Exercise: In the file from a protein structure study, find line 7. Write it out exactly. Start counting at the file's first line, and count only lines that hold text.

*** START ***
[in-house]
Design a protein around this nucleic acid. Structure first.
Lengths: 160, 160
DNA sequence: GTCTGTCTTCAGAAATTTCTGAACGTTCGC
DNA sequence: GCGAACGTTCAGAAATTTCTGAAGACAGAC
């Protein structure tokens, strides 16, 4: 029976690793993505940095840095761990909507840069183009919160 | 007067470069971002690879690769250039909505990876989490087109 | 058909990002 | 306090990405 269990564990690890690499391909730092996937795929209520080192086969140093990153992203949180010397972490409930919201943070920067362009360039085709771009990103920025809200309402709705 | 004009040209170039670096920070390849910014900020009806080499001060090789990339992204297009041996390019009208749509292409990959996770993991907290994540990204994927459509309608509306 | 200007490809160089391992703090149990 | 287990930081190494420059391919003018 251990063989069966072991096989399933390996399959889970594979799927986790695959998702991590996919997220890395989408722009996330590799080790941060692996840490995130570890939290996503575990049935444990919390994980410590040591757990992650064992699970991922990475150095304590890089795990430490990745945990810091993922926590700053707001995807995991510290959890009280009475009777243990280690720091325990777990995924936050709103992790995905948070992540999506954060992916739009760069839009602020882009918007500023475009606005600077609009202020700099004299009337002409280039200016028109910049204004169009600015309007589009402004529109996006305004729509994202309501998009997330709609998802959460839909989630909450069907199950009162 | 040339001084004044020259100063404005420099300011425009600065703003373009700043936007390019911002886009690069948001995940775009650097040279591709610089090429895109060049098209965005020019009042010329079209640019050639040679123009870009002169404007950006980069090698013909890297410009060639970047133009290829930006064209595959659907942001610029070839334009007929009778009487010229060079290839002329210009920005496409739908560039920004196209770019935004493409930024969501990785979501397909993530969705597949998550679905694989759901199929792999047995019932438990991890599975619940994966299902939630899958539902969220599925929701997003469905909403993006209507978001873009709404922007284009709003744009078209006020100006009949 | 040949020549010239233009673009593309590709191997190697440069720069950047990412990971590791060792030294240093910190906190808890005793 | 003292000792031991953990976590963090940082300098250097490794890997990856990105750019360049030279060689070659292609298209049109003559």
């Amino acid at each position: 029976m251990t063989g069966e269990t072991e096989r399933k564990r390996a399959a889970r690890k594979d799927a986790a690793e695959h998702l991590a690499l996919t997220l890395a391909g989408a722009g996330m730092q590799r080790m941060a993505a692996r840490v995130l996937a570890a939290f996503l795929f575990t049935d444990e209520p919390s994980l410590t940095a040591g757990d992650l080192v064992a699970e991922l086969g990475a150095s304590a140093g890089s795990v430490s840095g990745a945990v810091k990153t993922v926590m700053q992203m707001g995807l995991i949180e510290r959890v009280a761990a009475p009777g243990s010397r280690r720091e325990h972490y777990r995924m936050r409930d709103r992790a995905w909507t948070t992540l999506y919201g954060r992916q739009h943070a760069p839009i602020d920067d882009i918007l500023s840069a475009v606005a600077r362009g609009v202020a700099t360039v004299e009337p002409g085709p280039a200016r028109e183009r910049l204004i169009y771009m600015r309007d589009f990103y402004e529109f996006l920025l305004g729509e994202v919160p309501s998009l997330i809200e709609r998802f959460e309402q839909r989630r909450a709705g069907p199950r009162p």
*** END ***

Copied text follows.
């Amino acid at each position: 029976m251990t063989g069966e269990t072991e096989r399933k564990r390996a399959a889970r690890k594979d799927a986790a690793e695959h998702l991590a690499l996919t997220l890395a391909g989408a722009g996330m730092q590799r080790m941060a993505a692996r840490v995130l996937a570890a939290f996503l795929f575990t049935d444990e209520p919390s994980l410590t940095a040591g757990d992650l080192v064992a699970e991922l086969g990475a150095s304590a140093g890089s795990v430490s840095g990745a945990v810091k990153t993922v926590m700053q992203m707001g995807l995991i949180e510290r959890v009280a761990a009475p009777g243990s010397r280690r720091e325990h972490y777990r995924m936050r409930d709103r992790a995905w909507t948070t992540l999506y919201g954060r992916q739009h943070a760069p839009i602020d920067d882009i918007l500023s840069a475009v606005a600077r362009g609009v202020a700099t360039v004299e009337p002409g085709p280039a200016r028109e183009r910049l204004i169009y771009m600015r309007d589009f990103y402004e529109f996006l920025l305004g729509e994202v919160p309501s998009l997330i809200e709609r998802f959460e309402q839909r989630r909450a709705g069907p199950r009162p």